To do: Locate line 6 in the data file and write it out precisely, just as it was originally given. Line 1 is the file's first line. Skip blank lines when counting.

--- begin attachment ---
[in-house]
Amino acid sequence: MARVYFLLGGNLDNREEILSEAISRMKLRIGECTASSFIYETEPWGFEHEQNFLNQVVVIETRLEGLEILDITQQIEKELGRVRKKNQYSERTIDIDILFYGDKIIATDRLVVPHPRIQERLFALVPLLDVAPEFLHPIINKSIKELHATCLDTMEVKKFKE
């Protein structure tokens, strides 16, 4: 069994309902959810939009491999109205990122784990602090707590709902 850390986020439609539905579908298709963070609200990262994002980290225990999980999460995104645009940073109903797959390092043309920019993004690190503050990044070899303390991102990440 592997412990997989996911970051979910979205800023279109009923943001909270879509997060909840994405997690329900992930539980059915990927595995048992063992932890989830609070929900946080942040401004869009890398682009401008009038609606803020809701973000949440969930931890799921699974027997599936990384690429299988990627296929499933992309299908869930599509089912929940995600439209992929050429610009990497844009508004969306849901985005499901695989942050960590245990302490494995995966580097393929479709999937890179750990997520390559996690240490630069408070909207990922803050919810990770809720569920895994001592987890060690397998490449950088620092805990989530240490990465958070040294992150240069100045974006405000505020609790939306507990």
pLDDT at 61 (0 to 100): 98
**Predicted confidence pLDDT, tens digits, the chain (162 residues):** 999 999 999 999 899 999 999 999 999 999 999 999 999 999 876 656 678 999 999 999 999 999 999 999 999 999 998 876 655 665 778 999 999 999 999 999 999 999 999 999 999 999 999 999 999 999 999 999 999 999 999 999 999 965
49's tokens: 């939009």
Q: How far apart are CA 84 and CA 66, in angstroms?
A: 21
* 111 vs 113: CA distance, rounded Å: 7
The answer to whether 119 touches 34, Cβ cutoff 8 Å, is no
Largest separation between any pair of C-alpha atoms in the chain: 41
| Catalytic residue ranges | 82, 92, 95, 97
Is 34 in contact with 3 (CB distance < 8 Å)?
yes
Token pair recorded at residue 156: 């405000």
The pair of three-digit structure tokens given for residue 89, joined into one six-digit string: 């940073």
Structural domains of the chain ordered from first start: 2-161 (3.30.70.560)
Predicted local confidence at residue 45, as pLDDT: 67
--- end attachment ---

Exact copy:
49's tokens: 């939009």